Last year, the Bitcoin and the cryptocurrency market went on one of the biggest bull runs ever recorded, reaching an over $800 billion market cap at its January peak before dropping down to the current $293 billion cap, according to CoinMarketCap data. Aside from breaking its parabolic advance and causing the overall cryptocurrency bubble to pop, resulting in dramatic price declines, the cryptocurrency market was showing signs of growing up faster than it could sustain.
The market’s lack of overall maturity, both due to cryptocurrency being a new asset class and due to the clear lack of regulations, have hindered the market’s ability to get on solid ground and start looking toward growth again. The risk of loss to cyber criminals, illiquidity, and claims of market manipulation continue to plague the market. Many have cited the lack of a proper custody product as a limitation of institutional money getting ‘in’, but new progress is being made every day.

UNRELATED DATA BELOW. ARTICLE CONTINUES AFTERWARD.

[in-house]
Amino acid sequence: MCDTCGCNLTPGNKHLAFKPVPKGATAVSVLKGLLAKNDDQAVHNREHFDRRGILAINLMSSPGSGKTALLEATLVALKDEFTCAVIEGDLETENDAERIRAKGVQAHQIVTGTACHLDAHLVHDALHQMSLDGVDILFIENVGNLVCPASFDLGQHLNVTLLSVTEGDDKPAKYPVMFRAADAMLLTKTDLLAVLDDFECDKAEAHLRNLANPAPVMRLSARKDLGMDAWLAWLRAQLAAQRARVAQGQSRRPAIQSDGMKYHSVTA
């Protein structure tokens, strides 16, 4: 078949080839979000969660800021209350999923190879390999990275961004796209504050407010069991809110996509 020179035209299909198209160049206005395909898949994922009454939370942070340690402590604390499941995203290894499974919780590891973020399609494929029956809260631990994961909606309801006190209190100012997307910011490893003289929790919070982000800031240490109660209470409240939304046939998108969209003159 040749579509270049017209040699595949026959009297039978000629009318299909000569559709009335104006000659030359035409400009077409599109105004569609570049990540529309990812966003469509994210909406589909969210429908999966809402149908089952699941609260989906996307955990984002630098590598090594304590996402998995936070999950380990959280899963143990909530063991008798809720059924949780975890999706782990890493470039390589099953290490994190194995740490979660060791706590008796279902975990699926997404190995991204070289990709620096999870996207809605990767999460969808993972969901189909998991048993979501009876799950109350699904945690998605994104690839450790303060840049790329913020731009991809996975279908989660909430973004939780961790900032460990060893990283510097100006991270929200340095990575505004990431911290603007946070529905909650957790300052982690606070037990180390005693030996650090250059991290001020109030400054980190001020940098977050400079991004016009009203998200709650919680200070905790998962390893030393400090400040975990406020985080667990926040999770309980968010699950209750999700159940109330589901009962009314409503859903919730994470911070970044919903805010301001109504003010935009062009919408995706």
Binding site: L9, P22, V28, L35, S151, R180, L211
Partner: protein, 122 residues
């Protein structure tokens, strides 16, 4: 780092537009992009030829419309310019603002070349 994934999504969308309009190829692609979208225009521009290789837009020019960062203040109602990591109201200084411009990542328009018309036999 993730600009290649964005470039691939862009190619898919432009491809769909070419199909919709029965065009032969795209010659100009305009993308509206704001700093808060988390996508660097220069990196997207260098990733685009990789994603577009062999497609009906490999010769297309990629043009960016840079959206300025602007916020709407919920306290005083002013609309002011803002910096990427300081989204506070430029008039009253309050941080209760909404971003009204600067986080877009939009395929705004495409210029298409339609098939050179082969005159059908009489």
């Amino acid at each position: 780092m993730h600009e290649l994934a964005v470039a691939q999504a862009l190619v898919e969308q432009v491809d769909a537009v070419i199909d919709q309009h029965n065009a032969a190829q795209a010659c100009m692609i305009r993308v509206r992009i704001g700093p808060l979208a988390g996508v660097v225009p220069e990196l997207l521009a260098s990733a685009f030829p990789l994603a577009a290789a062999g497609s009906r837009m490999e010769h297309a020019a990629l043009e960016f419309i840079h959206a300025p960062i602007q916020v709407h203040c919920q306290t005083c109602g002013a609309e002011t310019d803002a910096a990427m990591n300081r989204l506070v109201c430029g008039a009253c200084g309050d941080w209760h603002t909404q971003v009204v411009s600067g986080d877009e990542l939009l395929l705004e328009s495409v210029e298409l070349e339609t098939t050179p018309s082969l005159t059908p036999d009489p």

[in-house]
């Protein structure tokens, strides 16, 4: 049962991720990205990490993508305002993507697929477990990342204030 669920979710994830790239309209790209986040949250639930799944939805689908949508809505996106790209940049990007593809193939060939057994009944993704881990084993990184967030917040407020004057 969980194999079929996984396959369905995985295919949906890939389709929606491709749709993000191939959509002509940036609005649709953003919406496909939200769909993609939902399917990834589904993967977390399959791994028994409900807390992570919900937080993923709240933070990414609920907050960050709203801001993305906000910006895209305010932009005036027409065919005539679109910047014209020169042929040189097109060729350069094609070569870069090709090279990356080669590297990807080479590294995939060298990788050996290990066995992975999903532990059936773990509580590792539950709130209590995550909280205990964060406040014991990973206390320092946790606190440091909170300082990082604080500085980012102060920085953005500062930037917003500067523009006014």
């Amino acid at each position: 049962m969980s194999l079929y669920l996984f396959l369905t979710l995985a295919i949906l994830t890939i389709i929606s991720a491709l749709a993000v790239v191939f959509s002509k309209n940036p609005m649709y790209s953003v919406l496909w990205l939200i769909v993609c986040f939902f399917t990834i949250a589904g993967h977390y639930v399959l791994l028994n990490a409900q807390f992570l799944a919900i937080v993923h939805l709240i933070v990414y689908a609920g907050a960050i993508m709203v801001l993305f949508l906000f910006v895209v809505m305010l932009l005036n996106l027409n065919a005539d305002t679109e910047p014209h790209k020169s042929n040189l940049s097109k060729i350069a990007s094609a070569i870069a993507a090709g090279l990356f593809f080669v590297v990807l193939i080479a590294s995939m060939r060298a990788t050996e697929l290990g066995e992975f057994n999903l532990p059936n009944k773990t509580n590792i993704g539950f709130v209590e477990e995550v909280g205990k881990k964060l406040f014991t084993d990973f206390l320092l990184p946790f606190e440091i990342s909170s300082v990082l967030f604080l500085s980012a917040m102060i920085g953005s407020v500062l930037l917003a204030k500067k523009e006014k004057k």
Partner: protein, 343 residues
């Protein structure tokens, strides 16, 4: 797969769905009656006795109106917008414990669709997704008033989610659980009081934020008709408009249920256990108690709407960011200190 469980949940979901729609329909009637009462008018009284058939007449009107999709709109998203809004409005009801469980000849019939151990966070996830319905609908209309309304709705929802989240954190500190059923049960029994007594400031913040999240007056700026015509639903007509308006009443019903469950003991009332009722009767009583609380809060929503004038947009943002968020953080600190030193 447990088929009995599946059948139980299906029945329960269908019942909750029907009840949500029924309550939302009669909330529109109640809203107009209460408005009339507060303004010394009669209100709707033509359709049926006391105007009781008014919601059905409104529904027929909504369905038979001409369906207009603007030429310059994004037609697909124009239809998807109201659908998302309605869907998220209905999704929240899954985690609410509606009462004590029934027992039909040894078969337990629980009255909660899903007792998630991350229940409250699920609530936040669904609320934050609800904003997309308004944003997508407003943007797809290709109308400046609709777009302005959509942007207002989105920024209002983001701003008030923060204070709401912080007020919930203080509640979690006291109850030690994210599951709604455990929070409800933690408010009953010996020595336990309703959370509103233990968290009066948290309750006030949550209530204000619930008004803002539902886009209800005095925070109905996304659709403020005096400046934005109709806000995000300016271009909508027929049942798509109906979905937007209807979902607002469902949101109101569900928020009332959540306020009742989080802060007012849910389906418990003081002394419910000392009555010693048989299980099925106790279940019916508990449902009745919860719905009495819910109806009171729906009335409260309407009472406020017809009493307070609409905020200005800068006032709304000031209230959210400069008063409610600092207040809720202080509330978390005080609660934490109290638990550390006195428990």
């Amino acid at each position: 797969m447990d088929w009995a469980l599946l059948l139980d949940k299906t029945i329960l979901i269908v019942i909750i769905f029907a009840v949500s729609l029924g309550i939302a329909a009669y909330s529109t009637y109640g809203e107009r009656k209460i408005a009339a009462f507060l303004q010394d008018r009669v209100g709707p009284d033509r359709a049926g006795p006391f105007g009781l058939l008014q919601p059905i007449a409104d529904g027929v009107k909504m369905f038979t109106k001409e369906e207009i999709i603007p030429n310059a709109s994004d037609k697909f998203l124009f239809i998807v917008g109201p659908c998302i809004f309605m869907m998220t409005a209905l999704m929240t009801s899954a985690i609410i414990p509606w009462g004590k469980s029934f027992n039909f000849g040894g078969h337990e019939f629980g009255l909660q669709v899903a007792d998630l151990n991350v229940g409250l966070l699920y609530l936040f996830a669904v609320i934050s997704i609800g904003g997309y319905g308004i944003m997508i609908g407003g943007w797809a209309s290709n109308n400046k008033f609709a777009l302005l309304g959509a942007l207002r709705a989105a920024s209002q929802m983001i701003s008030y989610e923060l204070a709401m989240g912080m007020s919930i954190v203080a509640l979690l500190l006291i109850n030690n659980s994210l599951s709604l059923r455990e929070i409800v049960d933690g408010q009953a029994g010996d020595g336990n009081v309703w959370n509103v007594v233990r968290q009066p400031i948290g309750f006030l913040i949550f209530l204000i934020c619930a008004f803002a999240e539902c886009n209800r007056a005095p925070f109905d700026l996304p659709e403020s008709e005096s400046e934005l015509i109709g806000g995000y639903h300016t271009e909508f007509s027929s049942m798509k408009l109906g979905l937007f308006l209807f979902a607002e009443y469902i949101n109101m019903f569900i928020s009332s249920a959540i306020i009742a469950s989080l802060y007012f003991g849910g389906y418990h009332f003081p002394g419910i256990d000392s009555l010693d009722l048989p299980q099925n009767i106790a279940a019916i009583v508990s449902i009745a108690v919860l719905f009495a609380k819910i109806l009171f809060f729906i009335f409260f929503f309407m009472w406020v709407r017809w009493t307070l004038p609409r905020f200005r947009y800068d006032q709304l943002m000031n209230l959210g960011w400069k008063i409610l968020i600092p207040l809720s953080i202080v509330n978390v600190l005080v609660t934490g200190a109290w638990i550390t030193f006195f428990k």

According to a report from Bloomberg, top executives at Nasdaq held a secretive closed door meeting with a variety of figure-heads from US-based crypto exchanges to discuss ways to address the issues that continue to run rampant within the crypto market.
The meeting, held in Chicago took place behind closed doors with representatives “from about half a dozen companies,” included the Winklevoss-owned Gemini exchange, among others. Sources familiar with the event claim that the focus of the gathering was to encourage the crypto industry to do more things to improve its image and give merit to its value as an emerging global financial market.
Topics included future regulation on cryptocurrencies, and the tools required for proper surveillance – something that Gemini has been working closely with Nasdaq on over the last few months. Bloomberg’s source says that this meeting won’t be the last.
The meeting appears to come at a time when Gemini co-founders the Winklevoss twins are likely looking for additional support to get their Bitcoin ETF proposal approved by the Securities and Exchange Commission – a proposal that was just delayed after the SEC expressed concerns.